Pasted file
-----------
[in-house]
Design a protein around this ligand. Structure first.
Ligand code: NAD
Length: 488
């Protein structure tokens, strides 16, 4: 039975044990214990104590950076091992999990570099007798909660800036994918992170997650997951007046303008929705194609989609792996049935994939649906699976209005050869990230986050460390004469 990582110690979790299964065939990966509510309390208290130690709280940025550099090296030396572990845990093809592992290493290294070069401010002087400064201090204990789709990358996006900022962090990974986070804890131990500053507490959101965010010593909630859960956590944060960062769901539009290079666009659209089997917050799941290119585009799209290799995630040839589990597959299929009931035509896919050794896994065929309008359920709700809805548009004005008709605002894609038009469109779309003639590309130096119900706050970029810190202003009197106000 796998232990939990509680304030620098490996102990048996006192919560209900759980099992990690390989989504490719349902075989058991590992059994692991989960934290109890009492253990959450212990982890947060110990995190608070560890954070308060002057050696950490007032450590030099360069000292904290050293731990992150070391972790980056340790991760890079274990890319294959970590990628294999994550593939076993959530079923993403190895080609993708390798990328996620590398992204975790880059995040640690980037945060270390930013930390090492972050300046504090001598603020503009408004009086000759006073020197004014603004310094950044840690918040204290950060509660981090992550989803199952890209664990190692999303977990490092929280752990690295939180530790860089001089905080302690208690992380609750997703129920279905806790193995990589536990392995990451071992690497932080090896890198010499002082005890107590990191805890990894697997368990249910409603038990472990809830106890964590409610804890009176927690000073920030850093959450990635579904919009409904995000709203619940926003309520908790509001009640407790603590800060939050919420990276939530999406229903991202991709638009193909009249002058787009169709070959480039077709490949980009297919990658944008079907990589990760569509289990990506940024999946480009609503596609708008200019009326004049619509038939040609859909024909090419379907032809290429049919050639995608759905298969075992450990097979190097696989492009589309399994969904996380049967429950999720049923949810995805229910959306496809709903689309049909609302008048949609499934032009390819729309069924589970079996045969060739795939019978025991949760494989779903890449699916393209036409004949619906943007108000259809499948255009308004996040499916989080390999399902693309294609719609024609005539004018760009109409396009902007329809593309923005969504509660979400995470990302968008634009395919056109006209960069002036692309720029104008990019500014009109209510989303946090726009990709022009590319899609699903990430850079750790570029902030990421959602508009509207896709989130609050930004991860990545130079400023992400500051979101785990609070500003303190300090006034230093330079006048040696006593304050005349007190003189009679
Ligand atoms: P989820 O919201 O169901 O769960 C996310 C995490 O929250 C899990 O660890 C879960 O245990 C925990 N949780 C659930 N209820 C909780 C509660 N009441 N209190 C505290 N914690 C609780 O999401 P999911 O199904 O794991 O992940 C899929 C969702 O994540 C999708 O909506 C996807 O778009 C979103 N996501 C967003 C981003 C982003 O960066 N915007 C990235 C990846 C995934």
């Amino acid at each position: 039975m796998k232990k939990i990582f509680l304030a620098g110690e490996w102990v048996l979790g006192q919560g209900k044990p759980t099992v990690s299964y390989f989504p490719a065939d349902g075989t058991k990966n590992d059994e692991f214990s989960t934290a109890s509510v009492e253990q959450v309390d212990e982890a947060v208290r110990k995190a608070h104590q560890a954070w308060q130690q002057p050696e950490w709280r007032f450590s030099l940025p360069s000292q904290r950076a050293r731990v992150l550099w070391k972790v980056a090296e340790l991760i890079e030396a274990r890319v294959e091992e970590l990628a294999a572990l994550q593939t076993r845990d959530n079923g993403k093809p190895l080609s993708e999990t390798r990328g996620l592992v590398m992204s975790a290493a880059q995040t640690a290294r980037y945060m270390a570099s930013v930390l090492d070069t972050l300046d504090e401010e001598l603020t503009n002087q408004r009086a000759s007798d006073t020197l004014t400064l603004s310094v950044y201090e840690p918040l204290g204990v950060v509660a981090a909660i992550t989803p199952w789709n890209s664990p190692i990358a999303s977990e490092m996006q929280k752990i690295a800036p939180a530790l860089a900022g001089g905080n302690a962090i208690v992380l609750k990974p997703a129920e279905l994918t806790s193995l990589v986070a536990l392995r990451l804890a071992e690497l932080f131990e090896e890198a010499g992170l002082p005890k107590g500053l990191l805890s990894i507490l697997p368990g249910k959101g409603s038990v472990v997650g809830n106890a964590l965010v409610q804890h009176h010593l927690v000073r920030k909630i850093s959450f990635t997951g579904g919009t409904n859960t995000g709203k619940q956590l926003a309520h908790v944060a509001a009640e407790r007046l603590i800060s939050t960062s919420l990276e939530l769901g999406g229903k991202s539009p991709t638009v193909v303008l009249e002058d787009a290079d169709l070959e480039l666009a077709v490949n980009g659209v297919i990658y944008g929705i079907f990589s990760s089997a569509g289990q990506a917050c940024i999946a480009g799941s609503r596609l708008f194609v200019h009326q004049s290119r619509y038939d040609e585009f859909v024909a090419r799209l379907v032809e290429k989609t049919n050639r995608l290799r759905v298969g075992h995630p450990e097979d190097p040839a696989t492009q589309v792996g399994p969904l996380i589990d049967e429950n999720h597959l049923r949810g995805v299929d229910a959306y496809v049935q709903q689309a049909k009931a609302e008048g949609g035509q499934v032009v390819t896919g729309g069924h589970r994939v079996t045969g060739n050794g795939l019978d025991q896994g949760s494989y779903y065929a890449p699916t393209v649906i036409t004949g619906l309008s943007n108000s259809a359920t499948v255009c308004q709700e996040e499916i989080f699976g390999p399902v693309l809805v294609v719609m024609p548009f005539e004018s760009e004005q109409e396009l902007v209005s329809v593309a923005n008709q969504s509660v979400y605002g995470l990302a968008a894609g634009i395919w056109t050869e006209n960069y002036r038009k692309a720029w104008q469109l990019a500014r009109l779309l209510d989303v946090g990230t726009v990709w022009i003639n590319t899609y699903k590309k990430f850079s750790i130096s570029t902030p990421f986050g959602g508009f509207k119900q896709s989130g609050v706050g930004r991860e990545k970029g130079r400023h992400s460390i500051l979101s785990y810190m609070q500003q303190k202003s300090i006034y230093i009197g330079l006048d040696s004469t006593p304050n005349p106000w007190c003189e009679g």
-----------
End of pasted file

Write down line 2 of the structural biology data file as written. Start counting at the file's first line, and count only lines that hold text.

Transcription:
Design a protein around this ligand. Structure first.